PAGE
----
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The government’s decision to introduce a nationwide lockdown in March led universities to move from traditional face-to-face seminars and lectures to online teaching methods. This means using technology to stay connected with and assess students. We surveyed a pool of law students* to find out how law schools have made this transition.
Universities offering law courses are reliant on decisions made by regulatory boards such as the Solicitors Regulation Authority (SRA) and Bar Standards Board (BSB) to ensure students earn a qualifying law degree at the end of their studies. While many universities chose to cancel exams for first- and second-year students, final years and postgraduate students are finding themselves in a unique situation. They must pass certain core modules to be able to qualify.
After initial plans to postpone examinations, the SRA has approved alternative arrangements for assessment. This may include online assessment. It has, however, left the details to universities to decide. The BSB, on the other hand, remains firm in its decision to postpone April’s exams for the Bar Professional Training Course (BPTC). The next available sitting is in August, making it one of the last courses during COVID-19 still requiring students to sit an in-person exam.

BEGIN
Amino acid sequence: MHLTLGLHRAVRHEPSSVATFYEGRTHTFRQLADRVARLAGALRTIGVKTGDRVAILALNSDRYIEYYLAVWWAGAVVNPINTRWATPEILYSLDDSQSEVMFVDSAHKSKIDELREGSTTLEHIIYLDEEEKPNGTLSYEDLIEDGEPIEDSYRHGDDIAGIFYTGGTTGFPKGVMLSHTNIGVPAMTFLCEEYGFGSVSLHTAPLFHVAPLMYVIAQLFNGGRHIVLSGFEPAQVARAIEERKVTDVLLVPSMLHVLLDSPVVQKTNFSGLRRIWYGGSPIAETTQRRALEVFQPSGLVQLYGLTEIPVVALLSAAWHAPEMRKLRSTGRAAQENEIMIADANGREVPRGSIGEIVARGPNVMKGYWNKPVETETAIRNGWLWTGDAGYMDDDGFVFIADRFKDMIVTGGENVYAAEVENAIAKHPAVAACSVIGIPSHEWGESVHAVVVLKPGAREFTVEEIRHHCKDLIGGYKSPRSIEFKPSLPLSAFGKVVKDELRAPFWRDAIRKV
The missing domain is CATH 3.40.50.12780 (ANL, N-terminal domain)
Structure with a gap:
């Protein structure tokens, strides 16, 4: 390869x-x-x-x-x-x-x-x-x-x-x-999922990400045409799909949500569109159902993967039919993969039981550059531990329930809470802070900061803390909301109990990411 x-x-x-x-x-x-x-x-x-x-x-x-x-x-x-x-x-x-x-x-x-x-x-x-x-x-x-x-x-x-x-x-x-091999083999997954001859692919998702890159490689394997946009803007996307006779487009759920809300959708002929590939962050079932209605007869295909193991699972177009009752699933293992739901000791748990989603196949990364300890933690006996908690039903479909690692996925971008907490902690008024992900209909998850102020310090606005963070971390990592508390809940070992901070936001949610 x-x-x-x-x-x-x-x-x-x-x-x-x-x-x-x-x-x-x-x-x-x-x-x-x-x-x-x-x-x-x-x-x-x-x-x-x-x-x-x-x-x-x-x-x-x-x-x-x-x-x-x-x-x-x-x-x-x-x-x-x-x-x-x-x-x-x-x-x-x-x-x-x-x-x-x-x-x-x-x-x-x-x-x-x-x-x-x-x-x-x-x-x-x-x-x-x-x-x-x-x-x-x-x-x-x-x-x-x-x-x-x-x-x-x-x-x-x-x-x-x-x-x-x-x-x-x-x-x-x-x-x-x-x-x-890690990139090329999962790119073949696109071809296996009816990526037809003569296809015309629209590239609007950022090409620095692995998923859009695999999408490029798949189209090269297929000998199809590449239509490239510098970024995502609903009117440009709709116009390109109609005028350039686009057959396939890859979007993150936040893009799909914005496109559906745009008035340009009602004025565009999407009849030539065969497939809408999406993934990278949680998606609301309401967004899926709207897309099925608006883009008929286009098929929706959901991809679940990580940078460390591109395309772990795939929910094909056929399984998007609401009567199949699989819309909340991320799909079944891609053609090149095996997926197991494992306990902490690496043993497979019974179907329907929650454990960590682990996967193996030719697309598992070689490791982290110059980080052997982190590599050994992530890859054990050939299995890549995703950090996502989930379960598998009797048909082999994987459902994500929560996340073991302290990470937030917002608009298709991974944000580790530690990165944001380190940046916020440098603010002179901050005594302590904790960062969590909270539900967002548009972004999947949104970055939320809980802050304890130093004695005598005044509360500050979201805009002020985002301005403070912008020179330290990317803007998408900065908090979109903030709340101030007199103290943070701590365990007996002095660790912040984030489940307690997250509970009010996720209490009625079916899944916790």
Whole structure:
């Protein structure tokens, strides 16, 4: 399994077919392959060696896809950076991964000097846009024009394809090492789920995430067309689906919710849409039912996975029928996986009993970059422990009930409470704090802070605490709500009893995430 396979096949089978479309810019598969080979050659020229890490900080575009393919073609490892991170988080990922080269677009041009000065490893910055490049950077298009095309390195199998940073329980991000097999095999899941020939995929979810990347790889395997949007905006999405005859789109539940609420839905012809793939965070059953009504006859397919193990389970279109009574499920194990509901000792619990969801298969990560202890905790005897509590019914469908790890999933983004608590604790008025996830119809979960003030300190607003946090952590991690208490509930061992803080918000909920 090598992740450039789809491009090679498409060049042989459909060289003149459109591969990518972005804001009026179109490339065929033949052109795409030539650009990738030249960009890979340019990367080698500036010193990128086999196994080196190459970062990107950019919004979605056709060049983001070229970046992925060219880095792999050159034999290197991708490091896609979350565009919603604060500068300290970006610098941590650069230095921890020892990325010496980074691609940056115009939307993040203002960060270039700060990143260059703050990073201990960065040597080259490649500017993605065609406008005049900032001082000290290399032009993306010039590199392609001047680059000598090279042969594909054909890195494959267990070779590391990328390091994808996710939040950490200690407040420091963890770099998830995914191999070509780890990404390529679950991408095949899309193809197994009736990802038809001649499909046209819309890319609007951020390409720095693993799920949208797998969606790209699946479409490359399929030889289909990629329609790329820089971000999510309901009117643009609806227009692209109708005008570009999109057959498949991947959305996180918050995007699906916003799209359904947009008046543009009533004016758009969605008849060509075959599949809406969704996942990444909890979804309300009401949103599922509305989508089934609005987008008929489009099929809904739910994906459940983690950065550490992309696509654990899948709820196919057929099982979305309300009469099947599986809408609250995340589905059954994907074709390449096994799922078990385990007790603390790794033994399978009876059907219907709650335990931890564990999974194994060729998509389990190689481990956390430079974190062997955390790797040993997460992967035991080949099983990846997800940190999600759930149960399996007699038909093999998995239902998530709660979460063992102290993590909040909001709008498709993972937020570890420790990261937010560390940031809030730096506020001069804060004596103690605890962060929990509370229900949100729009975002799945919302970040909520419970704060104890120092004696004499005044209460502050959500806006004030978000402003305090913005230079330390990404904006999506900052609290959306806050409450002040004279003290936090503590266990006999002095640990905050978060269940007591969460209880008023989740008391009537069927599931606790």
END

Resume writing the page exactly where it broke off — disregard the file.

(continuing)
Legal education is still considered traditional in its approach. It is often seen as slow to adopt online teaching methods. Due to COVID-19, however, we are seeing faculty adapt to different technologies in order to deliver their lectures and seminars. Whether they are hosting pre-recorded lectures on the university portal, holding seminars via Zoom video calls or using the chat function within MS Teams, faculty have been working hard to ensure their students don’t miss out on those last few weeks of study before the exam period. While current students are facing a level of disruption not previously experienced by past cohorts, it is clear that legal education is changing, and we are only just seeing the beginning.
*LexisNexis surveyed 25 law students between 26 March and 10 April 2020.
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